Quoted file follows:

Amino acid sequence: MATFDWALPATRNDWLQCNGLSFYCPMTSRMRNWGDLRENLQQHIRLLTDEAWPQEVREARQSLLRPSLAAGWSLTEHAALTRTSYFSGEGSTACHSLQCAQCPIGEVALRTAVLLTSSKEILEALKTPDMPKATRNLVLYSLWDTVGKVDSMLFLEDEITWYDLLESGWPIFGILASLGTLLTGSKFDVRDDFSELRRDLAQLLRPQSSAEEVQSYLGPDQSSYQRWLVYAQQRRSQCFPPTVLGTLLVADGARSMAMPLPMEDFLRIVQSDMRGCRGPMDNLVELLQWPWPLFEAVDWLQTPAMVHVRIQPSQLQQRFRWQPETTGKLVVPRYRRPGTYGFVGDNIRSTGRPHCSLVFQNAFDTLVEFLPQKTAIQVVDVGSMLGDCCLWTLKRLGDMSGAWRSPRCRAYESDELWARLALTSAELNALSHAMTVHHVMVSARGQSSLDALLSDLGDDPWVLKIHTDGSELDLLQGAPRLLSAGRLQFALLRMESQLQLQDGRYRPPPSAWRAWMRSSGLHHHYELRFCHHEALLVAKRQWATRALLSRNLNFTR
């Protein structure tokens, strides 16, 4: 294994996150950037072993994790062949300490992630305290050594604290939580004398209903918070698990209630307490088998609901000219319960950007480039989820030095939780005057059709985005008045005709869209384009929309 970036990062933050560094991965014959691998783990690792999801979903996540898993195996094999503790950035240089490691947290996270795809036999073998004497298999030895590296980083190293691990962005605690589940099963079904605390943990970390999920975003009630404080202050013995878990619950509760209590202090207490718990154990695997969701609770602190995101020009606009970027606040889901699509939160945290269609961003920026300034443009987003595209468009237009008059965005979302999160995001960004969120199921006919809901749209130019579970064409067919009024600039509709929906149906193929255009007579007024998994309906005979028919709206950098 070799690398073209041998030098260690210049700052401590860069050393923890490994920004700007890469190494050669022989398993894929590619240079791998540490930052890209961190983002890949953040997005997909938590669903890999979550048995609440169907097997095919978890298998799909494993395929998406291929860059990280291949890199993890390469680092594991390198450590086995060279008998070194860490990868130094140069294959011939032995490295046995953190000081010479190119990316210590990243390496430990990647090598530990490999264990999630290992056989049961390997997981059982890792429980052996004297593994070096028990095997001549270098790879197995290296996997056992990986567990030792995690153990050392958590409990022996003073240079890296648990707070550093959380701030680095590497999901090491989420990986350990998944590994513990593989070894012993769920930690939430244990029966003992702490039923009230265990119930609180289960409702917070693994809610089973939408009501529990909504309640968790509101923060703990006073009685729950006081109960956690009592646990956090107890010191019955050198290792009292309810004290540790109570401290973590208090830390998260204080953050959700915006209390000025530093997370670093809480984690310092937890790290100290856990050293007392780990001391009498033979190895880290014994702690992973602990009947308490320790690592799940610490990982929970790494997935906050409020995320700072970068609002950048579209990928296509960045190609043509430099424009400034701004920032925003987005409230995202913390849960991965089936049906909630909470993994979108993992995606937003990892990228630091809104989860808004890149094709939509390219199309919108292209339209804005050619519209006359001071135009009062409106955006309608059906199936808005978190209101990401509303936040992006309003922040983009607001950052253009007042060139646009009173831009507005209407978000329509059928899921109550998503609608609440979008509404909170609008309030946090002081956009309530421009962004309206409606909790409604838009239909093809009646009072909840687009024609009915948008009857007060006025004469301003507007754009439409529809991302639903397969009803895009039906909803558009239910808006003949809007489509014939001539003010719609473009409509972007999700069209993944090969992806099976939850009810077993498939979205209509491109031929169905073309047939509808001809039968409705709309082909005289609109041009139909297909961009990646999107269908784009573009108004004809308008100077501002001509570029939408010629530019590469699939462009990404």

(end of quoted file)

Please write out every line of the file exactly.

Amino acid sequence: MATFDWALPATRNDWLQCNGLSFYCPMTSRMRNWGDLRENLQQHIRLLTDEAWPQEVREARQSLLRPSLAAGWSLTEHAALTRTSYFSGEGSTACHSLQCAQCPIGEVALRTAVLLTSSKEILEALKTPDMPKATRNLVLYSLWDTVGKVDSMLFLEDEITWYDLLESGWPIFGILASLGTLLTGSKFDVRDDFSELRRDLAQLLRPQSSAEEVQSYLGPDQSSYQRWLVYAQQRRSQCFPPTVLGTLLVADGARSMAMPLPMEDFLRIVQSDMRGCRGPMDNLVELLQWPWPLFEAVDWLQTPAMVHVRIQPSQLQQRFRWQPETTGKLVVPRYRRPGTYGFVGDNIRSTGRPHCSLVFQNAFDTLVEFLPQKTAIQVVDVGSMLGDCCLWTLKRLGDMSGAWRSPRCRAYESDELWARLALTSAELNALSHAMTVHHVMVSARGQSSLDALLSDLGDDPWVLKIHTDGSELDLLQGAPRLLSAGRLQFALLRMESQLQLQDGRYRPPPSAWRAWMRSSGLHHHYELRFCHHEALLVAKRQWATRALLSRNLNFTR
């Protein structure tokens, strides 16, 4: 294994996150950037072993994790062949300490992630305290050594604290939580004398209903918070698990209630307490088998609901000219319960950007480039989820030095939780005057059709985005008045005709869209384009929309 970036990062933050560094991965014959691998783990690792999801979903996540898993195996094999503790950035240089490691947290996270795809036999073998004497298999030895590296980083190293691990962005605690589940099963079904605390943990970390999920975003009630404080202050013995878990619950509760209590202090207490718990154990695997969701609770602190995101020009606009970027606040889901699509939160945290269609961003920026300034443009987003595209468009237009008059965005979302999160995001960004969120199921006919809901749209130019579970064409067919009024600039509709929906149906193929255009007579007024998994309906005979028919709206950098 070799690398073209041998030098260690210049700052401590860069050393923890490994920004700007890469190494050669022989398993894929590619240079791998540490930052890209961190983002890949953040997005997909938590669903890999979550048995609440169907097997095919978890298998799909494993395929998406291929860059990280291949890199993890390469680092594991390198450590086995060279008998070194860490990868130094140069294959011939032995490295046995953190000081010479190119990316210590990243390496430990990647090598530990490999264990999630290992056989049961390997997981059982890792429980052996004297593994070096028990095997001549270098790879197995290296996997056992990986567990030792995690153990050392958590409990022996003073240079890296648990707070550093959380701030680095590497999901090491989420990986350990998944590994513990593989070894012993769920930690939430244990029966003992702490039923009230265990119930609180289960409702917070693994809610089973939408009501529990909504309640968790509101923060703990006073009685729950006081109960956690009592646990956090107890010191019955050198290792009292309810004290540790109570401290973590208090830390998260204080953050959700915006209390000025530093997370670093809480984690310092937890790290100290856990050293007392780990001391009498033979190895880290014994702690992973602990009947308490320790690592799940610490990982929970790494997935906050409020995320700072970068609002950048579209990928296509960045190609043509430099424009400034701004920032925003987005409230995202913390849960991965089936049906909630909470993994979108993992995606937003990892990228630091809104989860808004890149094709939509390219199309919108292209339209804005050619519209006359001071135009009062409106955006309608059906199936808005978190209101990401509303936040992006309003922040983009607001950052253009007042060139646009009173831009507005209407978000329509059928899921109550998503609608609440979008509404909170609008309030946090002081956009309530421009962004309206409606909790409604838009239909093809009646009072909840687009024609009915948008009857007060006025004469301003507007754009439409529809991302639903397969009803895009039906909803558009239910808006003949809007489509014939001539003010719609473009409509972007999700069209993944090969992806099976939850009810077993498939979205209509491109031929169905073309047939509808001809039968409705709309082909005289609109041009139909297909961009990646999107269908784009573009108004004809308008100077501002001509570029939408010629530019590469699939462009990404």